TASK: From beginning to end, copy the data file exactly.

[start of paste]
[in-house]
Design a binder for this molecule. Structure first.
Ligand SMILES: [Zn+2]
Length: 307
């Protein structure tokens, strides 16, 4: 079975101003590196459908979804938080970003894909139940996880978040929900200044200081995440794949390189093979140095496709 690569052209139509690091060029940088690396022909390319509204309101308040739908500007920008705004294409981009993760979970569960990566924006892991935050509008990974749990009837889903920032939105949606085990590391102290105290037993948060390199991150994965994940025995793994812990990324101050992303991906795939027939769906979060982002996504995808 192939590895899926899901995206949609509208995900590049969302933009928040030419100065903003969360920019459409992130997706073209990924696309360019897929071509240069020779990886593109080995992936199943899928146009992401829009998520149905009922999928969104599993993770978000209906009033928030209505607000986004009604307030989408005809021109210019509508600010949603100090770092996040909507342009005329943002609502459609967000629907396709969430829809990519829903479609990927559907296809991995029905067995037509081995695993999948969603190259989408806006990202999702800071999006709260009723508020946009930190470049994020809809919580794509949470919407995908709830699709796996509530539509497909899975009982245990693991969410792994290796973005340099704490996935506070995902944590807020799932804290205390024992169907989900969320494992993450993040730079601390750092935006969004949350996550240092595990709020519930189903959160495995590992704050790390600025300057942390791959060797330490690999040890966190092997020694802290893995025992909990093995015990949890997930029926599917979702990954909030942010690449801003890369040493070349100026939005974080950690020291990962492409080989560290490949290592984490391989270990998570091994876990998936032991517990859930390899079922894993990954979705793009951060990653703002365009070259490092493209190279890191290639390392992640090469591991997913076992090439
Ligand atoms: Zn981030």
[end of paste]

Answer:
[in-house]
Design a binder for this molecule. Structure first.
Ligand SMILES: [Zn+2]
Length: 307
């Protein structure tokens, strides 16, 4: 079975101003590196459908979804938080970003894909139940996880978040929900200044200081995440794949390189093979140095496709 690569052209139509690091060029940088690396022909390319509204309101308040739908500007920008705004294409981009993760979970569960990566924006892991935050509008990974749990009837889903920032939105949606085990590391102290105290037993948060390199991150994965994940025995793994812990990324101050992303991906795939027939769906979060982002996504995808 192939590895899926899901995206949609509208995900590049969302933009928040030419100065903003969360920019459409992130997706073209990924696309360019897929071509240069020779990886593109080995992936199943899928146009992401829009998520149905009922999928969104599993993770978000209906009033928030209505607000986004009604307030989408005809021109210019509508600010949603100090770092996040909507342009005329943002609502459609967000629907396709969430829809990519829903479609990927559907296809991995029905067995037509081995695993999948969603190259989408806006990202999702800071999006709260009723508020946009930190470049994020809809919580794509949470919407995908709830699709796996509530539509497909899975009982245990693991969410792994290796973005340099704490996935506070995902944590807020799932804290205390024992169907989900969320494992993450993040730079601390750092935006969004949350996550240092595990709020519930189903959160495995590992704050790390600025300057942390791959060797330490690999040890966190092997020694802290893995025992909990093995015990949890997930029926599917979702990954909030942010690449801003890369040493070349100026939005974080950690020291990962492409080989560290490949290592984490391989270990998570091994876990998936032991517990859930390899079922894993990954979705793009951060990653703002365009070259490092493209190279890191290639390392992640090469591991997913076992090439
Ligand atoms: Zn981030």